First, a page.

According to Moses Kizige, the Minister of Karamoja Affairs, the desert locusts were first sighted in two sub-counties of Loroo and Kalita in Amudat.
LOCUSTS INVASION DISASTER
KAMPALA - Swarms of the loathsome desert locusts from Kenya have hit parts of Amudat in northeastern Uganda.
According to Moses Kizige, the Minister of Karamoja Affairs in the Office of the Prime Minister, the desert locusts were first sighted in two sub-counties of Loroo and Kalita in Amudat.
At a press conference, Dr Ruhakana Rugunda, the Prime Minister said that by evening the swarms were spreading to Nabilatuk and Nakapiripirit.
Rugunda assured the nation that the technical team was on alert and ready to handle the invasion. The Prime Minister said a team of 2,000 UPDF officers were leading from the frontline to combat the invading swarms of desert locusts.
He said they were going to use manual and motorized sprays on the ground to spray the locusts. This, according to Rugunda is expected on Monday. The ground team will be supported by aerial spraying by planes.
The team of armed forces on the ground also includes the Uganda Wildlife Authority and Uganda Prisons.
Apart from spraying, the armed forces were going to be engaged in mobilization and mapping of the areas invaded by the desert locusts.
Two Ministers, Bright Rwamirama and Musa Echweru were in Nairobi, Kenya to negotiate for procurement of planes for spraying the desert locusts.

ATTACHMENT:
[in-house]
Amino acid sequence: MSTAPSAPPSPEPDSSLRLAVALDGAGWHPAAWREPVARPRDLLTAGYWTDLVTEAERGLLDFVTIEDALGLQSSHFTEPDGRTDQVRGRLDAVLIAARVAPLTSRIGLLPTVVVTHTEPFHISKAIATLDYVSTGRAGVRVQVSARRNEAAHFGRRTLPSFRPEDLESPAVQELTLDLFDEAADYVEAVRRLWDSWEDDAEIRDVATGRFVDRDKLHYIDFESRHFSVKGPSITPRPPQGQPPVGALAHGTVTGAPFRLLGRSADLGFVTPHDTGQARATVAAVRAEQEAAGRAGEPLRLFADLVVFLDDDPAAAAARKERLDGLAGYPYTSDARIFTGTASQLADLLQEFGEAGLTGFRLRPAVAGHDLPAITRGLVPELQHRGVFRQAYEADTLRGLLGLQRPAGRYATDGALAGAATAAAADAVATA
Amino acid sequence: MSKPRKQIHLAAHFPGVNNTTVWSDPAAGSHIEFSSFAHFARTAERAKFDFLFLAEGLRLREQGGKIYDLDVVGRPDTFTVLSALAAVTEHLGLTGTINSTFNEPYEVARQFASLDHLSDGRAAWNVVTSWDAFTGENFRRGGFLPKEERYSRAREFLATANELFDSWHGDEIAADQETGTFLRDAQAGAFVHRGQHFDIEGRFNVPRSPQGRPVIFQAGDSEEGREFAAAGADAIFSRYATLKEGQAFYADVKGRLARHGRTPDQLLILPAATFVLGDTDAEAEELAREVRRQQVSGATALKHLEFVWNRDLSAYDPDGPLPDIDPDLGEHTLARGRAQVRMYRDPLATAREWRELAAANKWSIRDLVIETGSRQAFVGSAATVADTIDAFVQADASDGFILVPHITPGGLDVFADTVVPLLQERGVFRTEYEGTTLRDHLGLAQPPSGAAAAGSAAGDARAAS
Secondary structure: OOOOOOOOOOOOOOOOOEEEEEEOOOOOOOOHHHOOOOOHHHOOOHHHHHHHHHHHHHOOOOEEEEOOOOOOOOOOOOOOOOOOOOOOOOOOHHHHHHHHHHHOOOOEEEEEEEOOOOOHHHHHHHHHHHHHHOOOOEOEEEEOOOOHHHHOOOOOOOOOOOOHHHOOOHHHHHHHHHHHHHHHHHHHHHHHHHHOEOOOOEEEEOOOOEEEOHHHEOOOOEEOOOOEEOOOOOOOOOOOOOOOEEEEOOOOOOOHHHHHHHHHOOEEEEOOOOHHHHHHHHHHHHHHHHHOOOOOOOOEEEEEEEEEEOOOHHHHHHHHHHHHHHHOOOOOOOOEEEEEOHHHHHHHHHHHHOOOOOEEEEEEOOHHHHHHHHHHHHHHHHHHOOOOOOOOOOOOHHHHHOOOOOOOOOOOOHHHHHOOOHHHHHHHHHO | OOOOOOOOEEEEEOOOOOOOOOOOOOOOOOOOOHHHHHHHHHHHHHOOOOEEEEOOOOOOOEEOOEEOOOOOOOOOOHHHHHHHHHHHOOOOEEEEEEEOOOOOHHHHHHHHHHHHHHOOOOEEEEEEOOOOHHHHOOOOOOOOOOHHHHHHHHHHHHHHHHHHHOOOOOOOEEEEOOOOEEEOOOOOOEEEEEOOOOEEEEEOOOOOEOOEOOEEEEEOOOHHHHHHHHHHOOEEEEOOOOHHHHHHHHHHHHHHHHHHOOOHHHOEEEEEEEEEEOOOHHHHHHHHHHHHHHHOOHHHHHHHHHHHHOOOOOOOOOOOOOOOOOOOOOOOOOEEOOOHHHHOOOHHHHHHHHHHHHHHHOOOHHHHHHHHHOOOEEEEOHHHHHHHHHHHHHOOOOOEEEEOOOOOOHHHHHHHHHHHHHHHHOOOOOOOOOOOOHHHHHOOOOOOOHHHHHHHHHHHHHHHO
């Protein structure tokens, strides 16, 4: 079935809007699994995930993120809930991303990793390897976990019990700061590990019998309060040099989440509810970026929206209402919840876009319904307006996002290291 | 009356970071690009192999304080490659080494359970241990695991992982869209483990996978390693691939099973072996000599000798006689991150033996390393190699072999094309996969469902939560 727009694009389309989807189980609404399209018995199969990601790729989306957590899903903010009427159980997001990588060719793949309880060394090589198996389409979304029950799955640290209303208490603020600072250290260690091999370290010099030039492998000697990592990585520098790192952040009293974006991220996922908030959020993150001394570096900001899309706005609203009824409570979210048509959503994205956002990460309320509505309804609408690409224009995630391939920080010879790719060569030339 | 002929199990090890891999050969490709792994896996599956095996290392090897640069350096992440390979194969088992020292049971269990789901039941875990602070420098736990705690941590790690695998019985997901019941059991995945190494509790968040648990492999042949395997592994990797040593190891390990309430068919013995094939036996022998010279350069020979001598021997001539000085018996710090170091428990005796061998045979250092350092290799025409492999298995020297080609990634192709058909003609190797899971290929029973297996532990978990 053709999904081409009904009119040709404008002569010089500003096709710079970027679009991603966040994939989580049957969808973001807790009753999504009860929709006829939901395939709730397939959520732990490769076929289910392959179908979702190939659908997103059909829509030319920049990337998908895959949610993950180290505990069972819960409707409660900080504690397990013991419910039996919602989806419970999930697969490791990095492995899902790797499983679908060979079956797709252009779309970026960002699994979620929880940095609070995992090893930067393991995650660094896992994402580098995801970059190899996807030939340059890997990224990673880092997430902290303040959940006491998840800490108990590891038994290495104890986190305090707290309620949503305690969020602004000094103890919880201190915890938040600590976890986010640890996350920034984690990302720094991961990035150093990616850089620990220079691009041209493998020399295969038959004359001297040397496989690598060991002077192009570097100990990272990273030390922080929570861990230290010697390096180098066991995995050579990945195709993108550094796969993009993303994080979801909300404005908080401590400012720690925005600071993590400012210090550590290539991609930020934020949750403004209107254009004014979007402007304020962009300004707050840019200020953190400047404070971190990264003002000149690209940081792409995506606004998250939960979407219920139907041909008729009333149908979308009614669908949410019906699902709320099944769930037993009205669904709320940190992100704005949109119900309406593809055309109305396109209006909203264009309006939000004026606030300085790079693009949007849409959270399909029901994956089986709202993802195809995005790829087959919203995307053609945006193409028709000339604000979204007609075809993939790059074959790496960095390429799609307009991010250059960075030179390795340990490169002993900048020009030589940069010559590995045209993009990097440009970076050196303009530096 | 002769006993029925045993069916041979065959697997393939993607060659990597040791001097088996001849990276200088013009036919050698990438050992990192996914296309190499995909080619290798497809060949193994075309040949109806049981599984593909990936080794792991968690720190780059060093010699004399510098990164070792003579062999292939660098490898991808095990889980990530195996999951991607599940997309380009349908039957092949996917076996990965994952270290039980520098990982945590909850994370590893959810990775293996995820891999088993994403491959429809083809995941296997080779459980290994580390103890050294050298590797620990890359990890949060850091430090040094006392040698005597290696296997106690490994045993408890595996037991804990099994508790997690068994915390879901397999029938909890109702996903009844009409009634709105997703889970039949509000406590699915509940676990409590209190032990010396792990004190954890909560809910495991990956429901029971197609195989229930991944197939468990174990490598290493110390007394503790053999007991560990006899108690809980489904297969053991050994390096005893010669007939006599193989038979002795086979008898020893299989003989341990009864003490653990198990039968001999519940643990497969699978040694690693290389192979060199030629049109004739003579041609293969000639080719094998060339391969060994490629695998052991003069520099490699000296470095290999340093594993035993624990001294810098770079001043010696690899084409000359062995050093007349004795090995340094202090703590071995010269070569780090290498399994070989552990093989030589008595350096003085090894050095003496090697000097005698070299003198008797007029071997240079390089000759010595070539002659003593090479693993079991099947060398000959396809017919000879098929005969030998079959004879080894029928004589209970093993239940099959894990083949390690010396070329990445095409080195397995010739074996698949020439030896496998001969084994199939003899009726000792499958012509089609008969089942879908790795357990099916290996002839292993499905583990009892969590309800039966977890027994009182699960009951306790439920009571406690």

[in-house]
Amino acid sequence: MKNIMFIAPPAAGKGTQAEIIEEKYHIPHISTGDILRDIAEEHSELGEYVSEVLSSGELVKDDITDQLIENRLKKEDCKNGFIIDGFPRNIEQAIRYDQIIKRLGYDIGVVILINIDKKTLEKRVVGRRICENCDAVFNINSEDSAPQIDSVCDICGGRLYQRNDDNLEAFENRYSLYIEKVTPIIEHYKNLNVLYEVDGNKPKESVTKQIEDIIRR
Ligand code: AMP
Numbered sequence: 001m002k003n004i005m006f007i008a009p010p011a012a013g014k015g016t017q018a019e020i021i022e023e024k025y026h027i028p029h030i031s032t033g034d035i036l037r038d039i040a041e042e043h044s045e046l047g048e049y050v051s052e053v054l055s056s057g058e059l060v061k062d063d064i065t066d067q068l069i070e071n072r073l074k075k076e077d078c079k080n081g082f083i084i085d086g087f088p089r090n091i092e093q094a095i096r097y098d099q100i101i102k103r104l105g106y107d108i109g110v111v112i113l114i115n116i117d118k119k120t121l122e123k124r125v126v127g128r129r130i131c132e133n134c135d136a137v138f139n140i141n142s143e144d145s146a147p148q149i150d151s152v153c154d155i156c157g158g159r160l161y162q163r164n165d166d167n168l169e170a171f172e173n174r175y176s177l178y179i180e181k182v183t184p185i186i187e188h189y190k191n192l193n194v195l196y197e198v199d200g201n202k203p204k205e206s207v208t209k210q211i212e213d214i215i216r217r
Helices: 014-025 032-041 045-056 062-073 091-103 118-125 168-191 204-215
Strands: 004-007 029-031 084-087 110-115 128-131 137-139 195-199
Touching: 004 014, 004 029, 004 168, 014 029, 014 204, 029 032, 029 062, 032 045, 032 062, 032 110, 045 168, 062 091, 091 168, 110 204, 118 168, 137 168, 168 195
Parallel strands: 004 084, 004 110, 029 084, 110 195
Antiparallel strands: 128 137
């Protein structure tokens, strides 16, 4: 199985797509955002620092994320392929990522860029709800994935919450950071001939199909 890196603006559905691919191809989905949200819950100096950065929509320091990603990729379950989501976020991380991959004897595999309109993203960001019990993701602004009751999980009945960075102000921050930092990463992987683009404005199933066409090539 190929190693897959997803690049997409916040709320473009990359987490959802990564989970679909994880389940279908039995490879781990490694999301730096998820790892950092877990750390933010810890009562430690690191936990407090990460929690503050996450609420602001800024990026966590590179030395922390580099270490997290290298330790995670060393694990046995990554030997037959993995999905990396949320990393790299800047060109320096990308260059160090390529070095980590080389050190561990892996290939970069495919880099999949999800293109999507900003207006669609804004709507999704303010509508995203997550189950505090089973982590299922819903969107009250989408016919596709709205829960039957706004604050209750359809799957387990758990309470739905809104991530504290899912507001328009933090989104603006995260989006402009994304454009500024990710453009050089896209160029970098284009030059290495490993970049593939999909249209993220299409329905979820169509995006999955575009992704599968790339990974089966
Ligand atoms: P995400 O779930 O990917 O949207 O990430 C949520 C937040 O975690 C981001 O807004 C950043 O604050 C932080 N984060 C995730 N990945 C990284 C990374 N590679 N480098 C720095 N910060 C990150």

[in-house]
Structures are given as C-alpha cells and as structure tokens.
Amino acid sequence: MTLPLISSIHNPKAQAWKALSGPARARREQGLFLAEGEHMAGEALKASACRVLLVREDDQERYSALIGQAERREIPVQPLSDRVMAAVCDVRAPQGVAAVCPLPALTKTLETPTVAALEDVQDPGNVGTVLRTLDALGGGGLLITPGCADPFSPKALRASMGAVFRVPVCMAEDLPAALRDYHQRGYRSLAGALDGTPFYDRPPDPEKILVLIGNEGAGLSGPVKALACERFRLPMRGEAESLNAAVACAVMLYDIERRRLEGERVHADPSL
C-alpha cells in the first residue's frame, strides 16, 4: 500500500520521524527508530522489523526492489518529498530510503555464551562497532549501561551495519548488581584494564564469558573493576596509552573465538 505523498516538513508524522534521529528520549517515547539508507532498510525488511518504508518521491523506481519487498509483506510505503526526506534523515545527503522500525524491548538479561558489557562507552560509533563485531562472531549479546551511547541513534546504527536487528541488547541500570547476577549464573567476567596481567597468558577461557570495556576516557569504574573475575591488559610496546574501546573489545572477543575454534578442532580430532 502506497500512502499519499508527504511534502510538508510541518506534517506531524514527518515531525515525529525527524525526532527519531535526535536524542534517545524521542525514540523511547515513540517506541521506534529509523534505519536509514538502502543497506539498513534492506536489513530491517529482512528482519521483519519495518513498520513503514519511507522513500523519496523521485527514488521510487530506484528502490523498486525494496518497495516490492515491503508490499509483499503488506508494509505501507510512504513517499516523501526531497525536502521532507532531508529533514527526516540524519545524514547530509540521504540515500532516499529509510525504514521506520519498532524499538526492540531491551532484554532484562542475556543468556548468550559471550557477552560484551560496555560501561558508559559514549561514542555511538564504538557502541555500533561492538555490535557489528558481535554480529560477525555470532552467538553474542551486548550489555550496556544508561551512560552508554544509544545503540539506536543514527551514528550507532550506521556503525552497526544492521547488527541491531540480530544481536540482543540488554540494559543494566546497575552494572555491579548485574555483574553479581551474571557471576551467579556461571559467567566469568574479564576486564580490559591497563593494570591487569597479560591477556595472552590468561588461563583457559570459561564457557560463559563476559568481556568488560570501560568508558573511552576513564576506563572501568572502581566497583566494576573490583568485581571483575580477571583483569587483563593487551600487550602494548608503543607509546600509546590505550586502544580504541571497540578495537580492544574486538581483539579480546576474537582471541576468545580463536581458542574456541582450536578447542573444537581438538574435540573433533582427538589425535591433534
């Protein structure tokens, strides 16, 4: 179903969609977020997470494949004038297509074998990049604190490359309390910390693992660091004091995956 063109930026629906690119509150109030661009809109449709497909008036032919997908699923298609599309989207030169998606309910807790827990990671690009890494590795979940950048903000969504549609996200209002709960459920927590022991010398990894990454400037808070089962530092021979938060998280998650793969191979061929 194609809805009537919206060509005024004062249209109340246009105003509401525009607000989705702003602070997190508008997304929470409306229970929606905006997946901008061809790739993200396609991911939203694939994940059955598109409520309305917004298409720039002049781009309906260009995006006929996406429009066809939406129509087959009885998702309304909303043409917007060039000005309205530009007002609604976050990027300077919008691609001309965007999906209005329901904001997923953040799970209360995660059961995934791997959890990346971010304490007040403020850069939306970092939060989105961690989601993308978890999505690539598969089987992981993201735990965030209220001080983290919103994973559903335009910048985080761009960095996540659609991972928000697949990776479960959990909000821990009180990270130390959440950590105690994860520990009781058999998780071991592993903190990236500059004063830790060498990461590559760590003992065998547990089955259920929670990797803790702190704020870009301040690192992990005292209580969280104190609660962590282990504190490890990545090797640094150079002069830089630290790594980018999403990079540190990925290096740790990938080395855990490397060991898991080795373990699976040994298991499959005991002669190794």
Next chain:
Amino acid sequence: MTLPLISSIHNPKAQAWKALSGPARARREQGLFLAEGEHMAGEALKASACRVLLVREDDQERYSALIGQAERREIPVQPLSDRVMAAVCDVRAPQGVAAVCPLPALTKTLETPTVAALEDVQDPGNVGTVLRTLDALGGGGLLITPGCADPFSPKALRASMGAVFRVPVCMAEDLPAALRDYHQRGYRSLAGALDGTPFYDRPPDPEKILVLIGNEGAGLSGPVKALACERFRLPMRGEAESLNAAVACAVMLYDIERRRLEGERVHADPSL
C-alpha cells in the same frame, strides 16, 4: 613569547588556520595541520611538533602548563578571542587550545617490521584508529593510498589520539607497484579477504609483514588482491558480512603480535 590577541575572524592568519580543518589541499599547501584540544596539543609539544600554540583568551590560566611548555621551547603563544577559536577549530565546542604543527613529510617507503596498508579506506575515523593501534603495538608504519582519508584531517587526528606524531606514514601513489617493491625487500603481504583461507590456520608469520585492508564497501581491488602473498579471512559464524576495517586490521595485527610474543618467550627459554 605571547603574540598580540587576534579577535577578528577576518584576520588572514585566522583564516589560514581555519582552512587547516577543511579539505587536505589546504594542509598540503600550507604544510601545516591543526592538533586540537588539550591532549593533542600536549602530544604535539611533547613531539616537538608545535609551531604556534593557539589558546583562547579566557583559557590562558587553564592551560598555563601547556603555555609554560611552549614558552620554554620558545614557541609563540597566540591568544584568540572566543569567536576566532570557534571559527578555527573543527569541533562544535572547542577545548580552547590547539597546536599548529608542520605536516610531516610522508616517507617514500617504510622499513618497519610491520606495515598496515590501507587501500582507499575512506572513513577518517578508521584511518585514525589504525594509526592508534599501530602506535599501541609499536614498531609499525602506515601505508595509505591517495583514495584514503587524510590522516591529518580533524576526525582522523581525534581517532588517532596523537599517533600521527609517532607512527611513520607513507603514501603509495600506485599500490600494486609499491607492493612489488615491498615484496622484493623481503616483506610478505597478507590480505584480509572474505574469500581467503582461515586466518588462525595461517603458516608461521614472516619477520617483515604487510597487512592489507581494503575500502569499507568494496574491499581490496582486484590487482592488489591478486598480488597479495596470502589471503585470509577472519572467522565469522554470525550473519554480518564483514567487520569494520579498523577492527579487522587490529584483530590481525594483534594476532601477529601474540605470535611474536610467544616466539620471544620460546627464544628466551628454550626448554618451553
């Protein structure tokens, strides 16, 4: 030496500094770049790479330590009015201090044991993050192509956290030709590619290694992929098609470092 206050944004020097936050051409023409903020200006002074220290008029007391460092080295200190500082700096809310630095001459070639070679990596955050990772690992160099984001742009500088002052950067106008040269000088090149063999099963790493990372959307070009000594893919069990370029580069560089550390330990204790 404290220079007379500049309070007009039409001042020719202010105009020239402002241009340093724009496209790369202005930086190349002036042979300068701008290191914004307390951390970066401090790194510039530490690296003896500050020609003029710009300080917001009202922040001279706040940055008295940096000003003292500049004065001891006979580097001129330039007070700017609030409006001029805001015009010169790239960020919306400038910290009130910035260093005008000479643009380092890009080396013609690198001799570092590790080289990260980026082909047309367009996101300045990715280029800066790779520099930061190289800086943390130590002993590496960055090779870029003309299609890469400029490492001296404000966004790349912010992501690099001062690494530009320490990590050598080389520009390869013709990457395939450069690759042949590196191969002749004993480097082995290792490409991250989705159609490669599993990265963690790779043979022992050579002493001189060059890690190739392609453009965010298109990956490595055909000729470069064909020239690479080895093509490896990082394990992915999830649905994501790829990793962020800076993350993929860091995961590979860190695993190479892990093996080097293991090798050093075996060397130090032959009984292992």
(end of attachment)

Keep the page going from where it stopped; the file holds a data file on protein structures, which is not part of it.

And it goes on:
Rugunda also said the Government has cleared the $3m arrears to the Desert Locust Control Organisation for eastern Africa. He also said President Yoweri Museveni had met officials of the organization in Addis Ababa.
On Sunday, Museveni attended the 34th Extra-ordinary summit of the assembly of IGAD Heads of State and government that took place at the sidelines of this year's annual African Union Summit at the AU headquarters in Addis Ababa, Ethiopia.
The agenda included assessment of national and collective regional responses to the locust invasion and the leveraging of international political and financial support to address the emergency.
Sources at the closed-door meeting reported IGAD leaders are concerned about the speed and scale with which the locust invasion is affecting the IGAD Member States and the adverse impact it has on food security in the region.
According to the UN's Food and Agriculture Organisation (FAO), the Horn of Africa has been hit by the worst invasion of desert locusts in 25 years posing an unprecedented threat to food security in the entire sub-region, where more than 19 million people in East Africa are already experiencing a high degree of food insecurity.